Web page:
Interview with Donald Knuth

InformIT has a very good interview with Donald Knuth (by way of Artima).

A couple of things resonated with me:

As to your real question, the idea of immediate compilation and “unit tests” appeals to me only rarely, when I’m feeling my way in a totally unknown environment and need feedback about what works and what doesn’t. Otherwise, lots of time is wasted on activities that I simply never need to perform or even think about. Nothing needs to be “mocked up.”

I understand the need for unit tests, I use them all the time, around half the code I have written so far on my current project is test code. But I spend most of my time working on the actual code, thinking though the structure, the flow and the data, and only a small amount of time on test code. I usually work on the big picture first and then focus on the details. I also spend a lot of time ‘refactoring’ (my definition of ‘refactoring’ is the restructure of code due to learning things that were not apparent when you started). I rarely jump into coding because more often than not it leads to dead-ends. Not that dead-ends are a bad thing, but you want to avoid them.

Another thing I do is not code. I spend about six hours a day coding on average, the rest of the time is spent thinking and reading other people’s code.

I also must confess to a strong bias against the fashion for reusable code. To me, “re-editable code” is much, much better than an untouchable black box or toolkit. I could go on and on about this. If you’re totally convinced that reusable code is wonderful, I probably won’t be able to sway you anyway, but you’ll never convince me that reusable code isn’t mostly a menace.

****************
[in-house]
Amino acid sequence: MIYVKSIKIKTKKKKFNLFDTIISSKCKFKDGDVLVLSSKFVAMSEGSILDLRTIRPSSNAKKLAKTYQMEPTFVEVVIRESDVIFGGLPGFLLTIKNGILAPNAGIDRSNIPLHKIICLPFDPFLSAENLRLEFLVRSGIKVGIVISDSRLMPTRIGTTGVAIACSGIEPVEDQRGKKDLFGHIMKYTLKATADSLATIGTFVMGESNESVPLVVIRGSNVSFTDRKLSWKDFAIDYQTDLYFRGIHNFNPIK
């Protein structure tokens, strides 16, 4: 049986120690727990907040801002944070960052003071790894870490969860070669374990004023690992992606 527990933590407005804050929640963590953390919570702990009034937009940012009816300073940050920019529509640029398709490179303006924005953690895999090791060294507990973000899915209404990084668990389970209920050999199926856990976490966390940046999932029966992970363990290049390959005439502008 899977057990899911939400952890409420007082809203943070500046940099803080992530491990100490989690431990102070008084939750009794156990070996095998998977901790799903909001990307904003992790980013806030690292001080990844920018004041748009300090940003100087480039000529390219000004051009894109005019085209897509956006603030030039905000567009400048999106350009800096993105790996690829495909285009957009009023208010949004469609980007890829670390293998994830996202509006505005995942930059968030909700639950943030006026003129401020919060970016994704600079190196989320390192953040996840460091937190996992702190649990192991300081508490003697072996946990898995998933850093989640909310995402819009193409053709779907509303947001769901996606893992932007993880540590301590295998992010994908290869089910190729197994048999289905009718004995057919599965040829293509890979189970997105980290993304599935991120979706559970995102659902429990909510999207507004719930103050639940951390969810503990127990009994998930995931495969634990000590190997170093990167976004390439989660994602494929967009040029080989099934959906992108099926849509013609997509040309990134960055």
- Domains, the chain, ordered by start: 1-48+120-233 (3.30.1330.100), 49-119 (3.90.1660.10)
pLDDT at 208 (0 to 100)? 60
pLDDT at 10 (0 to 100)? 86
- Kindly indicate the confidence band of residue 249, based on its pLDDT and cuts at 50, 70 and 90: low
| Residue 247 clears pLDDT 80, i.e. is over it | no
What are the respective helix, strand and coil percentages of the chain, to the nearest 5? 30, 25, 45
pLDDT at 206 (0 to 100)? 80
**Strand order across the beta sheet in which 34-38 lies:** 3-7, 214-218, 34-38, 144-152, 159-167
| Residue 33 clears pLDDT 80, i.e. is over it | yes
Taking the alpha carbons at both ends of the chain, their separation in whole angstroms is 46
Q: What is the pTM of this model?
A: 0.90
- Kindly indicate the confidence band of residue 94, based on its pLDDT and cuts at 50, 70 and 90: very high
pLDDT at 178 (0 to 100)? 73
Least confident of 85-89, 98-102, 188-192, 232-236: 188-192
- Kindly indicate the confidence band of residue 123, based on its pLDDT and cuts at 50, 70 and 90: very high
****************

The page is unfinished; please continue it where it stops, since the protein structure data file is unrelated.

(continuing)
I am not completely sure what to make of this. I think the tension here is between the generic and the specific. You can build generic code which will work for lots of applications but that code will never be optimized for any specific application, or you can build very specific code which will be highly optimized for a single application. I like the idea of reusable code mainly because I am lazy and want to get the best return on my investment, on the other hand I have been known to spend days on very small chunks of code to make it perform as fast as possible.

Perhaps this falls in with the tenet that there is no such thing as portable code, only code that is ported.

I don’t want to duck your question entirely. I might as well flame a bit about my personal unhappiness with the current trend toward multicore architecture. To me, it looks more or less like the hardware designers have run out of ideas, and that they’re trying to pass the blame for the future demise of Moore’s Law to the software writers by giving us machines that work faster only on a few key benchmarks! I won’t be surprised at all if the whole multithreading idea turns out to be a flop, worse than the “Titanium” approach that was supposed to be so terrific—until it turned out that the wished-for compilers were basically impossible to write.

And this I took issue with. The reality of chip design is that we are hitting some very real limits with speed, size, power usage and heat dissipation. I think that multicore chips are a very good way to speed up processing within those limits. While it is true that most applications don’t parallelize well, and that writing parallelized code is hard, multicore chips work very well for multiprocessing which is what most operating systems do these days.


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